Over the weekend I acted in one of a series of 24 Hour Plays written in response to the election and staged at the New Players Theatre under Charing Cross. Catching up with friends from the different casts, I was reminded how well a lot of the people I did plays with at Oxford are doing. Everyone who directed me at Oxford, for example, is directing professionally, apart from the ones who are still students and intend to go into the theatre when they finish here. A lot of the people who produced the plays I was in have gone into the theatre as well.
When it comes to actors, three recent graduates were involved in Election Night Theatre, three of the actors in the Finalists’ Showcase I was in are at Oxford School of Drama, and another is at Guildhall. As has been the case for many years, a lot of the theatrically minded people from my year group have carried on making plays in the professional theatre. It could be said that this is all the more impressive because Oxford students aren’t taught anything about drama here – but I think that’s one reason why so many of my year group are doing so well. I think it’s the best thing about Oxford drama, and I think it’s something that should be on people’s minds when they consider the kind of plays they want to do here.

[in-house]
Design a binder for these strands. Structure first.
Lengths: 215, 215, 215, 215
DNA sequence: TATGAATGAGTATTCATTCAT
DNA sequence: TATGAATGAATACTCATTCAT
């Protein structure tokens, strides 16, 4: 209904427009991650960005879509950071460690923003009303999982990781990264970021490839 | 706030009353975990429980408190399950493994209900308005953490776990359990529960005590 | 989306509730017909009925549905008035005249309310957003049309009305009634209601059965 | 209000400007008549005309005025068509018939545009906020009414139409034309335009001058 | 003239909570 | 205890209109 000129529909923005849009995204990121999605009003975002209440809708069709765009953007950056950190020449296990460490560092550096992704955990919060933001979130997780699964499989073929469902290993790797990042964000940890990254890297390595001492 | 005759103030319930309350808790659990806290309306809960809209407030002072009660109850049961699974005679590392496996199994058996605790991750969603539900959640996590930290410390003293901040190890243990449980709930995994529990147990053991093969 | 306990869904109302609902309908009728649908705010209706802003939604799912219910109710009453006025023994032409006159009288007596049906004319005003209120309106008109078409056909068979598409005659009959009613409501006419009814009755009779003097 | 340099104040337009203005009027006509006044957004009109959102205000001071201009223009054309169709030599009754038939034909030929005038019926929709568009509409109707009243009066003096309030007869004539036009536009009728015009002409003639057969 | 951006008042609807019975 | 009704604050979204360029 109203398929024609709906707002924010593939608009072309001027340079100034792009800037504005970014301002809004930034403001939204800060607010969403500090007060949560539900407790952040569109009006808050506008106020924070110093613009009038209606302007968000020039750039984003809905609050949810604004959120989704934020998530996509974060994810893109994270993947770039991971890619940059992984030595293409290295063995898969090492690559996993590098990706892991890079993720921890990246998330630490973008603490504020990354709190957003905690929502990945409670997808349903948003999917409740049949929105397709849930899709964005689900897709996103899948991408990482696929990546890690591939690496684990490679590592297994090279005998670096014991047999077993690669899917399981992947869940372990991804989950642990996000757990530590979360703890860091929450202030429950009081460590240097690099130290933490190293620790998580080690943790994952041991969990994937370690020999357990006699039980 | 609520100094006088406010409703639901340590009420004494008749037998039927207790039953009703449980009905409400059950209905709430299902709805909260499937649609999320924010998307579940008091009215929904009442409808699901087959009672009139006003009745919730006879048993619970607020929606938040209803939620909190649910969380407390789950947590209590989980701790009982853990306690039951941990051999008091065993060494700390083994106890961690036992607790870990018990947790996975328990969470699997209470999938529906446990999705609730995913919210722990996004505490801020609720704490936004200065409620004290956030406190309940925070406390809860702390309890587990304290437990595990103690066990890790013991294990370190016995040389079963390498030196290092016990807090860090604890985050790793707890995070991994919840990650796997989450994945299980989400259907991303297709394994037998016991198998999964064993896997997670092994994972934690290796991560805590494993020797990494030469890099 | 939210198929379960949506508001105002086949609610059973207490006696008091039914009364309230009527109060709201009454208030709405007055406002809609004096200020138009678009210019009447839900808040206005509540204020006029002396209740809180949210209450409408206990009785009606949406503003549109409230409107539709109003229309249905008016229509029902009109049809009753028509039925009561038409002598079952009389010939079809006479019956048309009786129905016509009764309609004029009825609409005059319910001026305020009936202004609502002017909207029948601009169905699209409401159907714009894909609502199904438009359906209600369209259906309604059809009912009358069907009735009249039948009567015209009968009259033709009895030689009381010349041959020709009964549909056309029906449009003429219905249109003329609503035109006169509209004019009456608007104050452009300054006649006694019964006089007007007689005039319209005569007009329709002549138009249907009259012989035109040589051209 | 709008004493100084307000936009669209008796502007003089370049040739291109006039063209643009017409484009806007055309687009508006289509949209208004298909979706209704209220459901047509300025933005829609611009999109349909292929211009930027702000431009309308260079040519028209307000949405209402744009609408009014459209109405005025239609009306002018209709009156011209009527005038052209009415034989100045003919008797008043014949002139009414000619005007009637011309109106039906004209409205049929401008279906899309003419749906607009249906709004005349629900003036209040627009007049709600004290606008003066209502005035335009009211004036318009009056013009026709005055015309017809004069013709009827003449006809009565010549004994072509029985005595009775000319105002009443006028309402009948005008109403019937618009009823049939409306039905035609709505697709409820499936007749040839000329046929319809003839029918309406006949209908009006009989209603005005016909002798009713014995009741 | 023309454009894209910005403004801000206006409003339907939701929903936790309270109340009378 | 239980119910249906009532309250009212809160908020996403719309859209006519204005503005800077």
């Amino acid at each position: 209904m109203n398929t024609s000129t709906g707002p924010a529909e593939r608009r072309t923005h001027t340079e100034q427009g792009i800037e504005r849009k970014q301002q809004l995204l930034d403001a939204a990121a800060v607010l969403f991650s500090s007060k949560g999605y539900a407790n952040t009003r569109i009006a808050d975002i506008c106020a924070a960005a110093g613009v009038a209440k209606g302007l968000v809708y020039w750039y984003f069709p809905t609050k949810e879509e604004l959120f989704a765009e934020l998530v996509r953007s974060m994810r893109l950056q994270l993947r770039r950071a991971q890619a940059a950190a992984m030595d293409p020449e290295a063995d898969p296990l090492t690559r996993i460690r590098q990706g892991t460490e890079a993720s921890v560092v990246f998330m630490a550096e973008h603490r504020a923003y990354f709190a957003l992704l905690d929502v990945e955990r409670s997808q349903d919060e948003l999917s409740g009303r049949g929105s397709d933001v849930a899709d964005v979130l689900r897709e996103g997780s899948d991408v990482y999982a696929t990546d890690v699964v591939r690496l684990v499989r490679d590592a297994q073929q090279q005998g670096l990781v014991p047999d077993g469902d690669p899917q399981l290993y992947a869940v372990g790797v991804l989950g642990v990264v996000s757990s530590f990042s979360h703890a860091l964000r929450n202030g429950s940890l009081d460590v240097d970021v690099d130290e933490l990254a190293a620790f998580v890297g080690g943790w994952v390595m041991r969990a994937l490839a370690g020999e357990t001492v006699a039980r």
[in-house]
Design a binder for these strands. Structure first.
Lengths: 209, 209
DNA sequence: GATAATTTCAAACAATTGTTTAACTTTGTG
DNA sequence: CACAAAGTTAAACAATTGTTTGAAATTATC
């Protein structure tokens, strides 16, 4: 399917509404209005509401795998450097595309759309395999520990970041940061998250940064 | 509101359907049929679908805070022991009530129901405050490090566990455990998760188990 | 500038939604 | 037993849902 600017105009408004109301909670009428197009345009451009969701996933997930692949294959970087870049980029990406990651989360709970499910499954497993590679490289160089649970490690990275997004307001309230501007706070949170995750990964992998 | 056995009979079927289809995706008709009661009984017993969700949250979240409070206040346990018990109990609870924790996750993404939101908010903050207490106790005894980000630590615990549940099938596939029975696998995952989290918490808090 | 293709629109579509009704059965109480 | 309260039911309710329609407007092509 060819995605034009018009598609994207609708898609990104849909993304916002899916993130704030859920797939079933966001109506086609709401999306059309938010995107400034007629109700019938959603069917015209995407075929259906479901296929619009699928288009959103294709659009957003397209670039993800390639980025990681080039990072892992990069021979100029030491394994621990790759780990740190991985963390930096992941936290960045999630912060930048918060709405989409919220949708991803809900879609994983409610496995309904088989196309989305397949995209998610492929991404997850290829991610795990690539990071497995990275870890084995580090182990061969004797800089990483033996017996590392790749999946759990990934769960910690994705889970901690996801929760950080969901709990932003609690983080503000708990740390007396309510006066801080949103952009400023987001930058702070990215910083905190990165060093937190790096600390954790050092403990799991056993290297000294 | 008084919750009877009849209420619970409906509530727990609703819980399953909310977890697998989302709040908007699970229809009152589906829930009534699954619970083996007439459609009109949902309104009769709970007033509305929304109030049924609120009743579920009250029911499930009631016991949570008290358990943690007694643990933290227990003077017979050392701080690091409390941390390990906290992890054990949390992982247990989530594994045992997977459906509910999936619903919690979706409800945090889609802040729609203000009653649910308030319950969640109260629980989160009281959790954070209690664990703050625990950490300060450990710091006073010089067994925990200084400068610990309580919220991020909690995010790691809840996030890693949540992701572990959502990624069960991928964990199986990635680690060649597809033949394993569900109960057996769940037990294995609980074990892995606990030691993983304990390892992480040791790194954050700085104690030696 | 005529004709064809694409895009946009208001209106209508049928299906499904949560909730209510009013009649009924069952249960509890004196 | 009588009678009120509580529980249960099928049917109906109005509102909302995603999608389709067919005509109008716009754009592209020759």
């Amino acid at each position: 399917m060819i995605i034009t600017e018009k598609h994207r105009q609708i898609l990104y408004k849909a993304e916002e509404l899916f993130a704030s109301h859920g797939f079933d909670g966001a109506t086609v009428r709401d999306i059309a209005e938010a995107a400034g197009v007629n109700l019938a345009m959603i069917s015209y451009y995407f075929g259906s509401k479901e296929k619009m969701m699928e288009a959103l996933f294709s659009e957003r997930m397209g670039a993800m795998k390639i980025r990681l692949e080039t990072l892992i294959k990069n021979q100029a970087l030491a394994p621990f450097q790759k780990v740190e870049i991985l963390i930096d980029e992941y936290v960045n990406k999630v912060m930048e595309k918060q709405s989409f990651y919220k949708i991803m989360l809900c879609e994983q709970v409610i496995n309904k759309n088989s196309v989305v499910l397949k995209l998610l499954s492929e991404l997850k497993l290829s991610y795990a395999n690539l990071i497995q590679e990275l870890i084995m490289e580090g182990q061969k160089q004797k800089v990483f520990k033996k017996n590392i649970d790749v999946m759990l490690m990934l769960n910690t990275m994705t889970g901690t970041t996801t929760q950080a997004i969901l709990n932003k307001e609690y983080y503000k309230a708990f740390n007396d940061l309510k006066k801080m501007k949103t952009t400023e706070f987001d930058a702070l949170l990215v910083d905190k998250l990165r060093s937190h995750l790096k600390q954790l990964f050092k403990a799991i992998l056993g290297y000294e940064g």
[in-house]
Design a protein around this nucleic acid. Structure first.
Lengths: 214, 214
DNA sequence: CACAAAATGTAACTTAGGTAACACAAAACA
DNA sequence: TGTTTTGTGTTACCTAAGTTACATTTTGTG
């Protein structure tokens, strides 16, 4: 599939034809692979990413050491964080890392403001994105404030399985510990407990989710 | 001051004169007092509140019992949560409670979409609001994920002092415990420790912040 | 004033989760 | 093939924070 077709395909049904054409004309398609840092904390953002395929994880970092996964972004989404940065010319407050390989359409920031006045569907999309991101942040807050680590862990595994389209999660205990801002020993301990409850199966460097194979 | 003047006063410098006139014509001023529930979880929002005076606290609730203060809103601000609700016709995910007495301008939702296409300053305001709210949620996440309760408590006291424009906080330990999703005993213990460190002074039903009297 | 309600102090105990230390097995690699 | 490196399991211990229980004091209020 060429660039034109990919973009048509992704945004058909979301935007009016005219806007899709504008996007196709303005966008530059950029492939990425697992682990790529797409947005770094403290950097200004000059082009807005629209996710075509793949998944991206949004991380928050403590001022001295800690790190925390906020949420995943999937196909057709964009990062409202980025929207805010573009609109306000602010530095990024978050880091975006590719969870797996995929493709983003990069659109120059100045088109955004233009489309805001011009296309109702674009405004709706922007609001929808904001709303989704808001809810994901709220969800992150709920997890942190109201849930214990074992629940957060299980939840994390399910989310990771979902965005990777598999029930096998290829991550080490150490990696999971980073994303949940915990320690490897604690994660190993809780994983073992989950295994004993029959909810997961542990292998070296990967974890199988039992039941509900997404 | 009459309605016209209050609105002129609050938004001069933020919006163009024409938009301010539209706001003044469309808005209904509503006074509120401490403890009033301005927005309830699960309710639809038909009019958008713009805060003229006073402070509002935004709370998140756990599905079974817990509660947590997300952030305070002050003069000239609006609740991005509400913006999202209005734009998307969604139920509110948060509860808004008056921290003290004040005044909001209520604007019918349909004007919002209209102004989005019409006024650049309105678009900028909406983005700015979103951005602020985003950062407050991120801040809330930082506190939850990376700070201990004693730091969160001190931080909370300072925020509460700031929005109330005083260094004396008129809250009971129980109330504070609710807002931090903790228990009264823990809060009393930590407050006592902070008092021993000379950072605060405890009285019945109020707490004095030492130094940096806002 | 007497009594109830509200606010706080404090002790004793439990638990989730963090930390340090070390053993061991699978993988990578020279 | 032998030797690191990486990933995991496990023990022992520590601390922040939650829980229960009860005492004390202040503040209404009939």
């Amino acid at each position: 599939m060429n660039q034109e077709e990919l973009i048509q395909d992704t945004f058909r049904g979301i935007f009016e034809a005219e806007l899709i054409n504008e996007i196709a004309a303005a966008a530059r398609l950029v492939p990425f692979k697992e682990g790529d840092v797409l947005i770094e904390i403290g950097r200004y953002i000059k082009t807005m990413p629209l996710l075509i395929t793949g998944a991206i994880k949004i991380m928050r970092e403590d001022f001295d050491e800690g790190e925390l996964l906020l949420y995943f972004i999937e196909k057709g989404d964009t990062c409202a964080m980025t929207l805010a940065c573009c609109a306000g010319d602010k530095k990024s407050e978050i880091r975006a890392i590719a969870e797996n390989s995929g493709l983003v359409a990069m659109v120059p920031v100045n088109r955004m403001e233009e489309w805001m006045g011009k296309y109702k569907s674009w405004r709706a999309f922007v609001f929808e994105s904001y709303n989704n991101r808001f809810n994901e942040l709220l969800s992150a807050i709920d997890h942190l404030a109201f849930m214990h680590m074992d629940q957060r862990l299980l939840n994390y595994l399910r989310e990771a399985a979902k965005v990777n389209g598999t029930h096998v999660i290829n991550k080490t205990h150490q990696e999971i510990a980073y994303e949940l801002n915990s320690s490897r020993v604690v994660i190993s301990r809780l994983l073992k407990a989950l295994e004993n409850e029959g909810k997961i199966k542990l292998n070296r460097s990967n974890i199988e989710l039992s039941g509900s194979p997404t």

Oxford drama works as a free market. At a lot of universities that offer drama courses, theatre is partly segregated. Students doing drama courses produce plays for which other students can’t even audition, so collaboration is capped and controlled by a course whose teachers will also tell you what’s good and wha’ts not. This means that often the standard is higher than some Oxford shows, but the conditions in which students make plays are never going to be as free as they are in Oxford, and the opportunities to learn from your mistakes aren’t as extensive.
Here, we can do whatever we want, with whomever we want. We are free to make any mistakes we like. I think it’s no surprise that a lot of the people given this opportunity go on to do well. Because while students don’t necessarily get any better technically at Oxford, or benefit from training or assistance after they leave, while they’re here they have three years to let their imaginations run wild in a theatre system that does everything it can to safeguard them from personal loss. They can try anything, free from great money worries or too much creative control.
What students can do here is pursue their passions and tastes to extremes. They can do risky things that commercial theatres wouldn’t produce, and prove that their ideas do, in fact, work. Or that they don’t. That’s good too. Better to find out now than on a London stage on press night. As bid deadlines approach for most of Oxford’s theatres, I’d encourage students to think about what they could do here that they might never be able to do again. It’s the risky, mad plays that make Oxford drama uniquely interesting.
Barney Norris is Oxford University Drama Officer